Who needs airlines? High-speed rail gains traction in Spain
(The following story by Elisabeth Rosenthal appeared on the New York Times website on March 16, 2010.)
ABOARD THE AVE, SPAIN — Carlos Martínez and his colleagues were enjoying soda and sandwiches in the bar, having chosen not to watch a film — “Appaloosa,” with Ed Harris — that was playing on overhead screens. They barely seemed to notice the arid landscape whizzing by or the digital display reflecting their speed, which hovered around 300 kilometers an hour.
Since a high-speed rail connection — called AVE for Alta Velocidad Española — opened in 2008, the 520-kilometer journey, or 325 miles, between Barcelona and Madrid that takes six hours by car can now be completed in just 2 hours and 38 minutes.
Two years ago, nearly 90 percent of the six million people traveling between Madrid and Barcelona went by air. But early this year the number of train travelers on the route surpassed fliers. The trajectory is ever upward.
The shift has political and economic benefits for Spain, which like other European Union countries has set out to lower its carbon dioxide emissions by 20 percent over 10 years. Analysts say that such emissions per passenger on a high-speed train are about one-fourth of those generated by flying or driving.
But AVE’s passengers are not necessarily thinking green. Like high-speed railroads in France and China, Renfe — Spain’s national train operator — also has performed the ultimate green sleight of hand simply by making the low-emissions option more comfortable and convenient.
“Since the day this train opened, I have never, never set foot on the plane again,” said Mr. Martínez, 31, a lawyer who travels between Madrid and Barcelona twice a week. “Why would anyone fly?”
The creators of high-speed train service here, as they had in France and Germany, set out to turn traditional stereotypes about train travel and plane travel on their head.
But unlike the French, who sought to maintain a low-cost image as their trains gained speed, Renfe decided to go upscale, said Josep Valls, a professor of marketing at the Esade Business School in Barcelona.
AVE tickets cost as much as plane tickets — from about €120 to €200 one way, or $160 to $300, though cheaper advance fares can be found.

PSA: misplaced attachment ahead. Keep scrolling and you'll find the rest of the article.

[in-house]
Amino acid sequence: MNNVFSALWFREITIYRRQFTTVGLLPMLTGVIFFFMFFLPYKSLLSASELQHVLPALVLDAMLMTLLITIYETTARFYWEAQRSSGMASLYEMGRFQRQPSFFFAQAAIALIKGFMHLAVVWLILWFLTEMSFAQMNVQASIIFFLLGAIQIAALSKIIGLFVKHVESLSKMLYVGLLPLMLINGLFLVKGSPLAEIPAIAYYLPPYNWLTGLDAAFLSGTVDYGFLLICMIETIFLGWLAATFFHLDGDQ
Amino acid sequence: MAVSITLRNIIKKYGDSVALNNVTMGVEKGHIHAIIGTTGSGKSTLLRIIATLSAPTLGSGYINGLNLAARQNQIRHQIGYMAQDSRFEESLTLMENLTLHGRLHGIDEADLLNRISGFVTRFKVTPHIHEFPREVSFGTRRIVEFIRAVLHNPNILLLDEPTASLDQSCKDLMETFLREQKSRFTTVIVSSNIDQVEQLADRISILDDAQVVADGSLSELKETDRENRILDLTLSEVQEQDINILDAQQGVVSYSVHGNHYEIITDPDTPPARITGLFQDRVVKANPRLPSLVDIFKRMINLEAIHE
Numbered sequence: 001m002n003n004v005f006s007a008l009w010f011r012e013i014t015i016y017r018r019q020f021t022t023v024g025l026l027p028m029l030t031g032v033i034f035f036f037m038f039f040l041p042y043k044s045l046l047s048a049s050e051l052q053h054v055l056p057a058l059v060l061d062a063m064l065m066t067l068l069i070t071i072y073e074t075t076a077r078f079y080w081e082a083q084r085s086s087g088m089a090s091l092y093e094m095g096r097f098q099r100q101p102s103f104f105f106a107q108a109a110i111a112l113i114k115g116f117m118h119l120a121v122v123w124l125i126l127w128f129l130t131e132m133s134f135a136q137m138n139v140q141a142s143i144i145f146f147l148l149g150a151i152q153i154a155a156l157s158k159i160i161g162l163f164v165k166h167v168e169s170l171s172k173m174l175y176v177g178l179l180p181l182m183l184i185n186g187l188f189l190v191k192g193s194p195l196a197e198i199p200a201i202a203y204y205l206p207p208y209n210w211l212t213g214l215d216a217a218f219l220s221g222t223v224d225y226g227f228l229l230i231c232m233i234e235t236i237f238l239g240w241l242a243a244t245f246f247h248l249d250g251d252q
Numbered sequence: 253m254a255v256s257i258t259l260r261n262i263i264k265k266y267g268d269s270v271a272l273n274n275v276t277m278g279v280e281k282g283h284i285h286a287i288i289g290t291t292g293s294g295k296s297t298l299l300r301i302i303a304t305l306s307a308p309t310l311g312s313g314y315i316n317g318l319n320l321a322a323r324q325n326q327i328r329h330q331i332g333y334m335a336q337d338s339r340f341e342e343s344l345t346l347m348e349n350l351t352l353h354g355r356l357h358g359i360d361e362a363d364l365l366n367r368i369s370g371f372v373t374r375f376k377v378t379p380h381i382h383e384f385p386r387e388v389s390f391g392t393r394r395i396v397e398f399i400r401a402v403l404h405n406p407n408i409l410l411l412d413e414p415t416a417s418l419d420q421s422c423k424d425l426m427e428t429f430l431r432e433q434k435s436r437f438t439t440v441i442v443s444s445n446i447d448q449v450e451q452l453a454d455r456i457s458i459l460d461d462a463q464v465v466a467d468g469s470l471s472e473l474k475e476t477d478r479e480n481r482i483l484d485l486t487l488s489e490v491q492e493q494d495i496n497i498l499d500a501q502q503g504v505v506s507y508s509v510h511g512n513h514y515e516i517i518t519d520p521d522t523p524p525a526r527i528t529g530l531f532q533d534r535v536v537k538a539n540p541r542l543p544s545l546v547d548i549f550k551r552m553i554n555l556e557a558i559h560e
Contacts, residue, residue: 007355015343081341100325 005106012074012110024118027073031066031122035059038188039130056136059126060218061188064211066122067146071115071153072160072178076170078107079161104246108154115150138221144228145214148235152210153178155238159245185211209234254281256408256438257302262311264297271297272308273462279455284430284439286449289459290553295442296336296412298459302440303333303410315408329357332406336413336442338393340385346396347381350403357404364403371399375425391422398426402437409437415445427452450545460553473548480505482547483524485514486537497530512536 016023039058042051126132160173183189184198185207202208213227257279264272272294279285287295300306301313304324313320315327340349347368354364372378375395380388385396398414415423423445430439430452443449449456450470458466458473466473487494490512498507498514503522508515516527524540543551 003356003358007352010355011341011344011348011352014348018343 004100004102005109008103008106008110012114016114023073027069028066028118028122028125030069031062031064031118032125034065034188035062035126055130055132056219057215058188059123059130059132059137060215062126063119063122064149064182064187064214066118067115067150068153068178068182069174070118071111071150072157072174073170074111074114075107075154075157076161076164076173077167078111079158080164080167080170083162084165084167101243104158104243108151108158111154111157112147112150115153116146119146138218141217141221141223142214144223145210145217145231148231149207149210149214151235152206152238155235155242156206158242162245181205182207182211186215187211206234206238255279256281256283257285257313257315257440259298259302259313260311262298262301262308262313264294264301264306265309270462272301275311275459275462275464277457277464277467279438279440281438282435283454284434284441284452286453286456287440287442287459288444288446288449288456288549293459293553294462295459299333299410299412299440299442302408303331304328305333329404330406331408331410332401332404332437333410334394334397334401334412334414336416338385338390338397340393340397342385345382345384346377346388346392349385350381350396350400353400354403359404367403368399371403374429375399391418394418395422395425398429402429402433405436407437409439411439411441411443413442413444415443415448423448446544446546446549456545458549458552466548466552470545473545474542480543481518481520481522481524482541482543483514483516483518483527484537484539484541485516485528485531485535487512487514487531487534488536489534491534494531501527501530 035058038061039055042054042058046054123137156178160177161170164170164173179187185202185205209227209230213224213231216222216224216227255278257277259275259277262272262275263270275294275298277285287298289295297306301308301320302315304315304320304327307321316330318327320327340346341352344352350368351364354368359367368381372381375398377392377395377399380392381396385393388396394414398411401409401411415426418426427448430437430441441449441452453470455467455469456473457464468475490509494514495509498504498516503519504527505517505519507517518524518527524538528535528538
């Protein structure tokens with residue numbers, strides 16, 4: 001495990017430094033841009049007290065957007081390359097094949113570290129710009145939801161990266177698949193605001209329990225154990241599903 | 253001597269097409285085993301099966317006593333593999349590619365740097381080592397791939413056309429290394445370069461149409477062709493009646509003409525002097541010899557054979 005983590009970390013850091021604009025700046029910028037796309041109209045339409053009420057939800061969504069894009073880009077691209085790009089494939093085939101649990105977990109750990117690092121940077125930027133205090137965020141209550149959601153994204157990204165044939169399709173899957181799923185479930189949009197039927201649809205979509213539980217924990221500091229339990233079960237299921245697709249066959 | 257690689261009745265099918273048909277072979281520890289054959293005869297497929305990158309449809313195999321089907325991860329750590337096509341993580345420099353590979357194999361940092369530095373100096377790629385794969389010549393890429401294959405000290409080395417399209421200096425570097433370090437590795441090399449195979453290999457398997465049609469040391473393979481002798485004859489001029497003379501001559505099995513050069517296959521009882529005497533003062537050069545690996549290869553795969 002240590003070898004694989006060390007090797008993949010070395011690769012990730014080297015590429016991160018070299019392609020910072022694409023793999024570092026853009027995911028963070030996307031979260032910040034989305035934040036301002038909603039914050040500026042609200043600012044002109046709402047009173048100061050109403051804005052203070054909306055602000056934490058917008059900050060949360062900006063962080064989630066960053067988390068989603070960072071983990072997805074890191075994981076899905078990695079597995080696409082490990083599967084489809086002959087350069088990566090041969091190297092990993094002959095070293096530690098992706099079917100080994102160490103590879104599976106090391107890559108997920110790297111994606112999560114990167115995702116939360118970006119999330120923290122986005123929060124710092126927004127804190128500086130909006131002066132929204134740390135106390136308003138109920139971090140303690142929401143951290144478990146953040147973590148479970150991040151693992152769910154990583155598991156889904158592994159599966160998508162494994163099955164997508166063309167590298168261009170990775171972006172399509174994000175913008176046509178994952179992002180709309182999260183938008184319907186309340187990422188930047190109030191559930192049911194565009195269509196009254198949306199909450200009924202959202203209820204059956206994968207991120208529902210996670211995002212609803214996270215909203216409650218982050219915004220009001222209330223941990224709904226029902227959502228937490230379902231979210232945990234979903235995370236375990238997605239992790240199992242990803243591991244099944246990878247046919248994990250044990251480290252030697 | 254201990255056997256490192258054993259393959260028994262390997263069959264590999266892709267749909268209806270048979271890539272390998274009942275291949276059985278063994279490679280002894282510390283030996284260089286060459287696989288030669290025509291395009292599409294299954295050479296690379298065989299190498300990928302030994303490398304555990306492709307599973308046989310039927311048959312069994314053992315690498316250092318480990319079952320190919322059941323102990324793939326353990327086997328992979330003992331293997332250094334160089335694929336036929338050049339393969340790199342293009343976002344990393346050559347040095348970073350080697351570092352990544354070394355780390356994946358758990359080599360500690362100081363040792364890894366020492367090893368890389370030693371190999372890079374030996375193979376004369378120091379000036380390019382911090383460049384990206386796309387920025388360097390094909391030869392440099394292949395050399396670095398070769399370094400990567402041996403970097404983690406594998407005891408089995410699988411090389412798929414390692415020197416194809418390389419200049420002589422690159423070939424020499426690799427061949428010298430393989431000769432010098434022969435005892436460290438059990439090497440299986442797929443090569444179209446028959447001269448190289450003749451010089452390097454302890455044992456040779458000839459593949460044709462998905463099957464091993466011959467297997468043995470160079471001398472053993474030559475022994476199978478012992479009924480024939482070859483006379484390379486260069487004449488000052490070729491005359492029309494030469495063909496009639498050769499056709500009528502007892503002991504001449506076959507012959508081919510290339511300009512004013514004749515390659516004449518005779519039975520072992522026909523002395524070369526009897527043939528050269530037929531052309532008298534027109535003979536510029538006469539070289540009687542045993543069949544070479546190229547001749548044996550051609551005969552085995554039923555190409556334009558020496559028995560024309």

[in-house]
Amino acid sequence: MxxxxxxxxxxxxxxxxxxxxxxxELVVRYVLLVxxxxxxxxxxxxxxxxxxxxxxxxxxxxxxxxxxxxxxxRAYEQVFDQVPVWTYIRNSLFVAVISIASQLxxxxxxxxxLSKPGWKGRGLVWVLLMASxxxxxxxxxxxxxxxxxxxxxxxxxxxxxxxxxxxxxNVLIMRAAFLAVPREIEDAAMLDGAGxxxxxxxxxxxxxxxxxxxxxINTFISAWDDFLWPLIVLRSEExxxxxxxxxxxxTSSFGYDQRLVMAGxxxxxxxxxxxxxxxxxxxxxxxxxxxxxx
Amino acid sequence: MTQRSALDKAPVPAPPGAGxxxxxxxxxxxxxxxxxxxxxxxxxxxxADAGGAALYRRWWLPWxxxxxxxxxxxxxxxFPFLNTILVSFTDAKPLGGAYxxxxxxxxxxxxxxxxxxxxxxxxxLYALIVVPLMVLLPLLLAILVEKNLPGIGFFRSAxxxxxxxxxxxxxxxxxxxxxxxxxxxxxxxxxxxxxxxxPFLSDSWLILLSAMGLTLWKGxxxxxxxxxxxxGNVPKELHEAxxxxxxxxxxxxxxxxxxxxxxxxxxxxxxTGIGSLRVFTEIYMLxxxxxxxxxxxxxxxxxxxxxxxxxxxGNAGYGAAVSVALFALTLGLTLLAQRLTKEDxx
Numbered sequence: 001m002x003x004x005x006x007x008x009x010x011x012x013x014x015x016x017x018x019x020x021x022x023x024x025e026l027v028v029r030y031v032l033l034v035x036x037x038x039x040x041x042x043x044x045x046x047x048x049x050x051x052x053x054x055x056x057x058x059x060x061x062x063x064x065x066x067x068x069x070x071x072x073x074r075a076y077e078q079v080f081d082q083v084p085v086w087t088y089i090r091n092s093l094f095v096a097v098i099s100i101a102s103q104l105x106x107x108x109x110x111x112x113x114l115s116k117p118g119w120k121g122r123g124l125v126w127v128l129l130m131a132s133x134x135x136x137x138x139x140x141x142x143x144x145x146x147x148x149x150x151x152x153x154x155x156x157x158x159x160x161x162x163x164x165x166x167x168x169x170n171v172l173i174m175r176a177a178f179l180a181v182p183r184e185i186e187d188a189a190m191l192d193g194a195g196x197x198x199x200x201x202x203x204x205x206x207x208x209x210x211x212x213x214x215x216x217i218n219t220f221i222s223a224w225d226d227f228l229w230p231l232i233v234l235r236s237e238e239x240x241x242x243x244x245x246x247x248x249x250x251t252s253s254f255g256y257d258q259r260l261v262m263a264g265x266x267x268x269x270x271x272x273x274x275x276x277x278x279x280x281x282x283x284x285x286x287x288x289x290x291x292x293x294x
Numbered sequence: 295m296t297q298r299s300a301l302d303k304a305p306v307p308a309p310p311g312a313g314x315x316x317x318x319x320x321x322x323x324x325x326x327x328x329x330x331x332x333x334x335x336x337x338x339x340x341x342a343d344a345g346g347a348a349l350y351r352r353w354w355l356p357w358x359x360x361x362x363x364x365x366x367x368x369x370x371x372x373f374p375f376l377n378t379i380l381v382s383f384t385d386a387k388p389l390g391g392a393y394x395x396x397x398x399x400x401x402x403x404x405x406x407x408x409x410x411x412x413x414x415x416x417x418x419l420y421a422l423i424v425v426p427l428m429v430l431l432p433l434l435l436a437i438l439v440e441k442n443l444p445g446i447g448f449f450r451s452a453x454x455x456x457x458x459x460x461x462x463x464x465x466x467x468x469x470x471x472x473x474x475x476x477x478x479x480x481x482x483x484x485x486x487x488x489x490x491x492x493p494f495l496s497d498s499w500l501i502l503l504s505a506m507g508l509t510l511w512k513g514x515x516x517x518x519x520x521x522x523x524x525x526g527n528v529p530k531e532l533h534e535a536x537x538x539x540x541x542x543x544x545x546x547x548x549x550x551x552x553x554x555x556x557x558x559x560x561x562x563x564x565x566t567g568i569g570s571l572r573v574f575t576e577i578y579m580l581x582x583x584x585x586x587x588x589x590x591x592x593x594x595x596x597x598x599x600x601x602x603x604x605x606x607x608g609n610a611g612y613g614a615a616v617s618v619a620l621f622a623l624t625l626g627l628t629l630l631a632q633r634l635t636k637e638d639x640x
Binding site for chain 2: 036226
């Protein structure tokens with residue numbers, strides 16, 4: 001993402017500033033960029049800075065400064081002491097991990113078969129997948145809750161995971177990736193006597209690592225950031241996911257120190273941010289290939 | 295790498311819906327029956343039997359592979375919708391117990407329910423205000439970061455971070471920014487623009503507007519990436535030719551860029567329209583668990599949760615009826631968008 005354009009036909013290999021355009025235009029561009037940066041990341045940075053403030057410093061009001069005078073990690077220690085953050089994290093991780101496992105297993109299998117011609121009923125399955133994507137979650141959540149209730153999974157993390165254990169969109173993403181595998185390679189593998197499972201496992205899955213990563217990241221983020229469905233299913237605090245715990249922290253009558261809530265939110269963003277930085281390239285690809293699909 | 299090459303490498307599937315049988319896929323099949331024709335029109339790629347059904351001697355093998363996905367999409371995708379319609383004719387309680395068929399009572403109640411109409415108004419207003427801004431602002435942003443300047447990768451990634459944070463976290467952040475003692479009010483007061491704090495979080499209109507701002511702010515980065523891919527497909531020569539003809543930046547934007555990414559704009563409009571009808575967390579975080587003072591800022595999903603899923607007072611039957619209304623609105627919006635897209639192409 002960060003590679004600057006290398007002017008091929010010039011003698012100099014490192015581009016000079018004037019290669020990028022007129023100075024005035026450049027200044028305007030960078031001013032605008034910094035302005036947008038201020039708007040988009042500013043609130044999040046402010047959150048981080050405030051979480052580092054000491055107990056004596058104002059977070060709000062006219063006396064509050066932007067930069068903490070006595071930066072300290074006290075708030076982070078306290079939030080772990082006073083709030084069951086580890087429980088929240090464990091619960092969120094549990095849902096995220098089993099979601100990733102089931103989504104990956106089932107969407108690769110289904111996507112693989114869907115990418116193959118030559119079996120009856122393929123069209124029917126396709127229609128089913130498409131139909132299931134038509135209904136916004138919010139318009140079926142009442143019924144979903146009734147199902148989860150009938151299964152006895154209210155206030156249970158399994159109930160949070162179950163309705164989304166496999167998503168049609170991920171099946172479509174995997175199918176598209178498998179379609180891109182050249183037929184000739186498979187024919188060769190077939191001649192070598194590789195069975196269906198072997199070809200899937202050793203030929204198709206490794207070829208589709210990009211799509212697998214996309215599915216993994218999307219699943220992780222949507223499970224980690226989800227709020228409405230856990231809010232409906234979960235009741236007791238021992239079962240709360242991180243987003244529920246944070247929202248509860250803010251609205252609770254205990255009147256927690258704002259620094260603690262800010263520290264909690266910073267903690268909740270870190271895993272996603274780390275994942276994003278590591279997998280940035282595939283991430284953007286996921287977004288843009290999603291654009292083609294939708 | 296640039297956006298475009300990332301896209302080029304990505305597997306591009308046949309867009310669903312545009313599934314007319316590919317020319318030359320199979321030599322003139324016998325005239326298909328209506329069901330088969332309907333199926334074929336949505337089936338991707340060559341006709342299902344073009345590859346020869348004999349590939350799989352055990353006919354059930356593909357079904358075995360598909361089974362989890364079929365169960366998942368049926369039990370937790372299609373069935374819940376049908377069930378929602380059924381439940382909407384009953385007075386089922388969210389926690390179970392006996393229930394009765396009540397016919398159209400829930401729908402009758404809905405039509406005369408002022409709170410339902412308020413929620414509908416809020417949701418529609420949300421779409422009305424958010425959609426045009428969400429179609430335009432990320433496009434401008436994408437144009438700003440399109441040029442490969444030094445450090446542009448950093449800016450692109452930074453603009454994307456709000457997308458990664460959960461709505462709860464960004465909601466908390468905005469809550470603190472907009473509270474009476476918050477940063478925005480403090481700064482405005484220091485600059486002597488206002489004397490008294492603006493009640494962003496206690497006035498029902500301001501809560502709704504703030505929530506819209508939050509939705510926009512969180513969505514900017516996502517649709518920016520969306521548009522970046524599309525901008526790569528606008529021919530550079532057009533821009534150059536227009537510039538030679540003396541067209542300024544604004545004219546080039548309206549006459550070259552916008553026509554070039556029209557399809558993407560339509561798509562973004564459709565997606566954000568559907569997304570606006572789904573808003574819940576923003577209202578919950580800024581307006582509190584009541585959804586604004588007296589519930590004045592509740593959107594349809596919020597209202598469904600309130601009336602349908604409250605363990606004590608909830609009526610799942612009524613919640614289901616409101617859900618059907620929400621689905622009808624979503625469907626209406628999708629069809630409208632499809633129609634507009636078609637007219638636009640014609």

The train offers assigned reclining seats, computer outlets, movies, headsets, good food, even gloved attendants.
“It is not about the environment, it’s that people are very satisfied by these trains,” Mr. Valls said. “This is really changing the paradigm of travel for Europe.” Other AVE lines connect Madrid with Seville and with Málaga.
Mr. Valls predicted that, eventually, all European routes less than 1,200 kilometers will be dominated by train travel, with a high-speed train traveling, say, from Barcelona to Paris — 830 kilometers as the crow or plane flies — in a little over four hours. (The trip now involves a connecting train and takes at least nine hours.)
Mr. Valls said that Spaniards had so decisively opted for the comfort and convenience of trains that traditional airlines might not be able to compete. The number of flights between Madrid and Málaga has dropped by half in the two years since the AVE route between those cities opened in 2007.
The main factor allowing planes to keep flying between Barcelona and Madrid was the arrival of low-cost, no-frills flights on the route this year, Mr. Valls said. Passengers who book now on Ryanair can fly for about €8 in April, though the price rises steeply for last-minute purchases.
The United Nations has said repeatedly that transportation emissions must be reined in if the world is to successfully combat climate change.
Transportation emissions in European Union countries grew 26 percent from 1990 to 2007, according to the European Environment Agency.
Aviation emissions have grown particularly rapidly, and nowhere faster than in Spain — a premier destination for low-cost airlines — where they more than doubled in that period.
In the United States, President Barack Obama has set aside $8 billion in federal stimulus money for investments in high-speed rail, but the money will go to a limited number of states, including Florida, California and Illinois. By 2020 half of Spain’s $160 billion transportation budget will go to rail travel.
Spain’s high-speed train sector seems well positioned to expand. All AVE lines turn a profit and have easily survived price wars waged by airlines, Mr. Valls said. What is more, trains require fewer employees and far less costly infrastructure than do planes.
Adding to rail’s competitive advantage, European environmental policies will probably force an increase in airline ticket prices over the next few years. Beginning in 2012, the biggest polluters among the airlines will be required to buy extra credits to “pay” for their carbon dioxide emissions, and the cost will have to be passed on to travelers.
For many fans of AVE, there is simply no going back to flying. They particularly do not miss the delays and the long lines at airport security checkpoints. The rail tickets remind passengers to be onboard a mere two minutes before departure, and the only security procedure involves passing large suitcases though a scanner.
“I can get to the station 10 minutes before it leaves,” Rafael Fernández, a logistics manager for Fujitsu, said on the AVE train to Madrid. “This has changed the way I travel.”
Tuesday, March 16, 2010
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